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CgAjijEf, Were the performances in dumb show, by puppets, or with dialogue, by living characters?

Ma. Constance. With dialogue in Old English rhyme, aided by scenery representing the heavens, Jcc.; and the performances in some of the principal towns of the kingdom, were so attractive as to draw forth the nobility from a distance, and even royalty itself. Coventry especially, which was famous for its pageants, (forty manuscripts of which are now preserved in the British Museum,) was honoured in 1483, by the presence of Richard III. as also in 1492, by Henry VII. and his Queen, to witness the performance of these sacred mysteries or plays.

William. Who were the performers? . Mr. ConStance. In some instances the friars, bfl4 more frequently the trading companies, each company having its pageant or part. The Feast of Fools, the Feast of the Ass, and the Boy Bishop, were a kind of religious farces: and as they are of very early origin, having been first practised in the Greek church, little doubt can be entertained but that they were instituted for the purpose of weaning the people from tie Bacchanalian and other calendar solemnities. The better sense of the people has now, however, abolished these profane practices; and, although the season of Whitsuntide is frequently celebrated by noisy mirth, few instances of studied impiety are to be observed. i .- ,|

"Mrs. Constance. The next day which claims attention, William, is of St. Dunstan, on the 19th: although I have beard it said he was born at Glastonbury, in Somersetshire, and was descended from noble parents, I am ignorant of the particulars of his life, - Wiu;iam. Itwasa very important one, Ma'am; and -whatever interest may have been excited by the narratives of those /before mentioned. St. Dunstan's character w#l «ot, I think, fail to amuse, He was bofl» ju the yejtf $4

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and although no mention is made of his parents, Elphegus, Bishop of Winchester, and Athelm, Archbishop of Canterbury, are stated to have been his uncles. The abbey of his native town was his early residence, and place of tuition; and so closely did he apply himself to his studies, that he not only became one of the greatest scholars of his age, but was also well skilled in the arts of painting, sculpture, and music. The forging and refining of metals, with the manufacture of bells, crosses, vials, and sacred vestrnents, were also familiar to him. Added to these useful acquirements, he possessed every personal accomplishment, and was for some time an ornament of the court of Athelstan, to whom he was also related; but taking umbrage at the king's conduct, he became a monk. On the accession of Edmund, he again appeared in public, and was made Abbot of Glastonbury; and in the next reign, (that of Edred) he was made king's confessor, and prime minister. He continued an eminent character during the three next reigns: and after filling the important offices of bishop of Worcester and of London, and retaining the archbishopric of Canterbury for the space of twenty-seven years, closed his days on the 19th of May, 988, the wonder of the age in which he lived, and an object of respectful remembrance to the present day.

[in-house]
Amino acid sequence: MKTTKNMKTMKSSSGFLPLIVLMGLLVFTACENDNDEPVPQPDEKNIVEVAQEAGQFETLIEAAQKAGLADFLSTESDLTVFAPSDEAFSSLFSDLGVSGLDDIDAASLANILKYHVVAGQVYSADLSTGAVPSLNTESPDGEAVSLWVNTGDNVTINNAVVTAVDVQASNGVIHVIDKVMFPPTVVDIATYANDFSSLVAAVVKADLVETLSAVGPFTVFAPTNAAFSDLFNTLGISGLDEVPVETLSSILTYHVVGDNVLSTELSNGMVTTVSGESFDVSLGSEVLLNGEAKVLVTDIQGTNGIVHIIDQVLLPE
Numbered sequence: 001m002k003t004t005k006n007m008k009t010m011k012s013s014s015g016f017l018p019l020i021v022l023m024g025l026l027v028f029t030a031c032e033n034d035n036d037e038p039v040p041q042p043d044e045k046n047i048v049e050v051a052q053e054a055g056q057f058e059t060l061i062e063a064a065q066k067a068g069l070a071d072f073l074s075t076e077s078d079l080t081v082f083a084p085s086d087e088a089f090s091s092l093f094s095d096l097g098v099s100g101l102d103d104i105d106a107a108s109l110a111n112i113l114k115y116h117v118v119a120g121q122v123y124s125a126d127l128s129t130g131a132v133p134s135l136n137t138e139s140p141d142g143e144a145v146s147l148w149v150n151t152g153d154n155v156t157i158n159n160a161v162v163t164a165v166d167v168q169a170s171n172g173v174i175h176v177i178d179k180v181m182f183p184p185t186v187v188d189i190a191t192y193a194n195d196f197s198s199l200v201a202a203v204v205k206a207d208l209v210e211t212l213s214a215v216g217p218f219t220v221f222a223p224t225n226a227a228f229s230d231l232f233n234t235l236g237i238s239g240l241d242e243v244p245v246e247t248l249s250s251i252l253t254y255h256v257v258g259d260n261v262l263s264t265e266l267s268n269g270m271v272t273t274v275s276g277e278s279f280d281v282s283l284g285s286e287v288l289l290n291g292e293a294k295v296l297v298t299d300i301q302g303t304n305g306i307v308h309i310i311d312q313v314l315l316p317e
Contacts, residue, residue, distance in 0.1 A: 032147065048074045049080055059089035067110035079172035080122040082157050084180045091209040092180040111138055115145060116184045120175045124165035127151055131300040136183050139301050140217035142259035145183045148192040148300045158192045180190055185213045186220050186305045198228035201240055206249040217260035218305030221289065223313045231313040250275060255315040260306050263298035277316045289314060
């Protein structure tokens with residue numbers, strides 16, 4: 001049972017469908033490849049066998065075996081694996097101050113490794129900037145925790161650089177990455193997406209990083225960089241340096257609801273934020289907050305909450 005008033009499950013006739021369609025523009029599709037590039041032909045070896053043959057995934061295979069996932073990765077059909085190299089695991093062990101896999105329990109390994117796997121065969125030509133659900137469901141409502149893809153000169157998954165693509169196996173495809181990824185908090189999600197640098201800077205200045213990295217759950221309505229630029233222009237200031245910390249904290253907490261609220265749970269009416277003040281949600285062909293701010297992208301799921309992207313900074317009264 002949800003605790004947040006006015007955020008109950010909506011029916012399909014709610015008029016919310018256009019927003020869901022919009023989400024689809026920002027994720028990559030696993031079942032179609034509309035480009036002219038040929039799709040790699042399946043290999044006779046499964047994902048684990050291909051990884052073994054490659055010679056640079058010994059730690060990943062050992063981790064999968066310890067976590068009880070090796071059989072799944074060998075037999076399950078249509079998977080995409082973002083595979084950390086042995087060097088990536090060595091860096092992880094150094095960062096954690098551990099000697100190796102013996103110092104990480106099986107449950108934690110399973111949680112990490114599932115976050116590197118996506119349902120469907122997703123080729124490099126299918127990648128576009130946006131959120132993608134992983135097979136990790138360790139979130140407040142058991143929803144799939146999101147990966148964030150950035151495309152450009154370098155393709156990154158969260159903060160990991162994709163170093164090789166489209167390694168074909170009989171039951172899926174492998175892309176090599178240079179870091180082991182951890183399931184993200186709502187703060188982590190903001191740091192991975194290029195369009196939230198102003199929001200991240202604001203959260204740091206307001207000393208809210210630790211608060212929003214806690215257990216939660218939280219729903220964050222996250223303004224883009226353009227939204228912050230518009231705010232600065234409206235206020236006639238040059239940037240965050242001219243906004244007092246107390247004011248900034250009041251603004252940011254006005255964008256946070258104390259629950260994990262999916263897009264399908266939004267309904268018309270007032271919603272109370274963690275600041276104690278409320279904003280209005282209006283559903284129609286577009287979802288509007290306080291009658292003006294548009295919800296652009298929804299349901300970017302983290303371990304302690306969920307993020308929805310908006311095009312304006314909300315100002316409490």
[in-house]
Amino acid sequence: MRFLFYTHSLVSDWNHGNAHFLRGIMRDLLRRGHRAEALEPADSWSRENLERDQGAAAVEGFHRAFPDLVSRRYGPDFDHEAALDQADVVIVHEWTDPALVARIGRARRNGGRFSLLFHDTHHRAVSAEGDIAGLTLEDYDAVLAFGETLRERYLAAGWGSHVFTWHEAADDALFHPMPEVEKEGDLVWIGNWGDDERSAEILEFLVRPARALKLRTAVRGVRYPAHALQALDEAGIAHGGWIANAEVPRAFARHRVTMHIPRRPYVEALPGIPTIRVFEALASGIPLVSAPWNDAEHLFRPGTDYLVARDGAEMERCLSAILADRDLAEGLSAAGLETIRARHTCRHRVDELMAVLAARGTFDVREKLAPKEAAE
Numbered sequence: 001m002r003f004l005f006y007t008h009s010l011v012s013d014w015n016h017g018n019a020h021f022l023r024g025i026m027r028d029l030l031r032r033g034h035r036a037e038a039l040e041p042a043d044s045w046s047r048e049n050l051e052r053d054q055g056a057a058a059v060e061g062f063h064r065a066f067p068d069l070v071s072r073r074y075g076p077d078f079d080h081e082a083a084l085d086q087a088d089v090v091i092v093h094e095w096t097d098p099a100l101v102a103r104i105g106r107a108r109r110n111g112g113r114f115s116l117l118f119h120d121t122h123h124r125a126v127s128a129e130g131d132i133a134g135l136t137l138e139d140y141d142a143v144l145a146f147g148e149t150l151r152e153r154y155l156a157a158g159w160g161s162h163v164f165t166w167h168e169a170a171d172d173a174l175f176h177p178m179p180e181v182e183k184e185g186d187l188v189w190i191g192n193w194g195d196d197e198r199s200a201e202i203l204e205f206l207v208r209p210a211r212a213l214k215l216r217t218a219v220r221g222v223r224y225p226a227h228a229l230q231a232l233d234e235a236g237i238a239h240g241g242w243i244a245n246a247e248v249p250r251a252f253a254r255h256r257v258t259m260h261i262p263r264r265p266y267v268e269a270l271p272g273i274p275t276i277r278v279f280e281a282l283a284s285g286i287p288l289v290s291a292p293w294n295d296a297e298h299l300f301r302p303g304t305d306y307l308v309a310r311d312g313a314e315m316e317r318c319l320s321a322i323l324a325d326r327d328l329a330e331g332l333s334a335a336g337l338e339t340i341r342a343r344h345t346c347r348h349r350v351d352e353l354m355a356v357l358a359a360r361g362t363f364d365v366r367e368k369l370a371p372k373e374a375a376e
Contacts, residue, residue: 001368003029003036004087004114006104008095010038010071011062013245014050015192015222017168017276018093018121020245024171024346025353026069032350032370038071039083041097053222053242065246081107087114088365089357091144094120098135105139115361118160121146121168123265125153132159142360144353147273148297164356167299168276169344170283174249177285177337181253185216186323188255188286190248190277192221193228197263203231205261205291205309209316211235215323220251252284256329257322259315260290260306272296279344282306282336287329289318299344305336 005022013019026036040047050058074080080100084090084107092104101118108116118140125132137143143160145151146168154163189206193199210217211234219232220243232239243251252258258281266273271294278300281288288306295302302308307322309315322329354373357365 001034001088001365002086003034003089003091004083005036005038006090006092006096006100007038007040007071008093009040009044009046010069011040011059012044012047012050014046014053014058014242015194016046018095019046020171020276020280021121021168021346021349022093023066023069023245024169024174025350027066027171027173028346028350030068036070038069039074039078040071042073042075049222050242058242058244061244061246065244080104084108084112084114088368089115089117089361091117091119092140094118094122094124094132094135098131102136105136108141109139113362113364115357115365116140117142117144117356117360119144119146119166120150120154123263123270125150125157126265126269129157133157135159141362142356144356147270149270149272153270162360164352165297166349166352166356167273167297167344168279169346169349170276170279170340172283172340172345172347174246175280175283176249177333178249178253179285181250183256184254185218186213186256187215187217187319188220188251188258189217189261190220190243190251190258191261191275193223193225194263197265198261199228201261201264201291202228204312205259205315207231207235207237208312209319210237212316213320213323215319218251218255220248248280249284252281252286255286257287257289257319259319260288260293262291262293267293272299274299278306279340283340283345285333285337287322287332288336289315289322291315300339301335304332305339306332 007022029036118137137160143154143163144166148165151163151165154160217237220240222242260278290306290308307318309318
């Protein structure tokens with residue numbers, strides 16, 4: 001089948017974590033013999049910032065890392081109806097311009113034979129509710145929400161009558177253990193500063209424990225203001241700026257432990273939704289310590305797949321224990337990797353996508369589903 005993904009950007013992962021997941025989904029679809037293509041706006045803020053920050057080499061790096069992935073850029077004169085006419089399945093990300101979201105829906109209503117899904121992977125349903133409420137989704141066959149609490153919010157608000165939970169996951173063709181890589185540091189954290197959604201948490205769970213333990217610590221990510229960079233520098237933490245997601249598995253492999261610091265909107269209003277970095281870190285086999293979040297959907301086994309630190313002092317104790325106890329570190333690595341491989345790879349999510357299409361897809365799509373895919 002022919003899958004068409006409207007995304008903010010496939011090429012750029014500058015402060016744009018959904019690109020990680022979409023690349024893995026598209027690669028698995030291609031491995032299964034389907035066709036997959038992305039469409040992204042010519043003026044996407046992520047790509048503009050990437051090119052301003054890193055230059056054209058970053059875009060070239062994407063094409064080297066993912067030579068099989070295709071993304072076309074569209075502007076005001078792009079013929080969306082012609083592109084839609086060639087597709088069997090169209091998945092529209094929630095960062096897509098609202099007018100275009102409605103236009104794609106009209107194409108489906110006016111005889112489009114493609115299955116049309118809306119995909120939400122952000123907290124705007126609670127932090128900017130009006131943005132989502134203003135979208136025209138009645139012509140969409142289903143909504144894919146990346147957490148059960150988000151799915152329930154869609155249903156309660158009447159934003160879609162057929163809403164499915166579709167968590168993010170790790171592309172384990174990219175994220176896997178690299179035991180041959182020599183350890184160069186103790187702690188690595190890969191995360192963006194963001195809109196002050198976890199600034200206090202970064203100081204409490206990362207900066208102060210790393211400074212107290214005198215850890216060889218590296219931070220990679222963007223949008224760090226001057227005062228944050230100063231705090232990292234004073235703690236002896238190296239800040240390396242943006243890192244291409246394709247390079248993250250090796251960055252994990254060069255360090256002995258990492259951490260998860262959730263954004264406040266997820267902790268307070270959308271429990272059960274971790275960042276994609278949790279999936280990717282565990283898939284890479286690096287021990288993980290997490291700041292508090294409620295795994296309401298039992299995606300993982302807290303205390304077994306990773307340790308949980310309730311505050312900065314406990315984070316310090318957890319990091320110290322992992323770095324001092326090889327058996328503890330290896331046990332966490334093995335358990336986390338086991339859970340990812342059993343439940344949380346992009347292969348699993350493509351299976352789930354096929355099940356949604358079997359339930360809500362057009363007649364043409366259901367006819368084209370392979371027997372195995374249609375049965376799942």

Maria. What an eventful life! But I have surely heard of his being accused of witchcraft. -;

William. He was; but whether in consequence of the qualifications I have already mentioned, or from the absurd and impious accounts promulgated by his fellow monks, is not very apparent. That many wonderful ex ploits are related of him cannot be denied; and when we consider the time in which he lived, and the art and cunning practised to delude the poor and ignorant, our surprise will cease on learning that he was looked upon as something more than man. . .......

Mrs. Constance. Was he admired for piety as well as ability?

Mr. Constance. At this very remote period, it is difficult to say: since there are no other documents handed down to us than those written by the monks, which are extremely contradictory. By some he has been portrayed as one possessing all the best feelings of our nature —forbearing, charitable, and just; while by others his character has been drawn in unfavourable colours, and vanity, arrogance and superstition are stated to have been his prominent defects. But these contradictions may, I think, be reconciled, when we reflect, that great abilities and surprising genius, though they frequently receive the applause of the discriminating and the just, seldom fail to excite an opposite feeling in the breasts of the envious and malignant. That St. Dunstan possessed superior ability to any of his contemporaries, has not been denied; and I am inclined to think that he inherited many shining virtues; at least, according to the best accounts, his good offices appear to have exceeded his defects.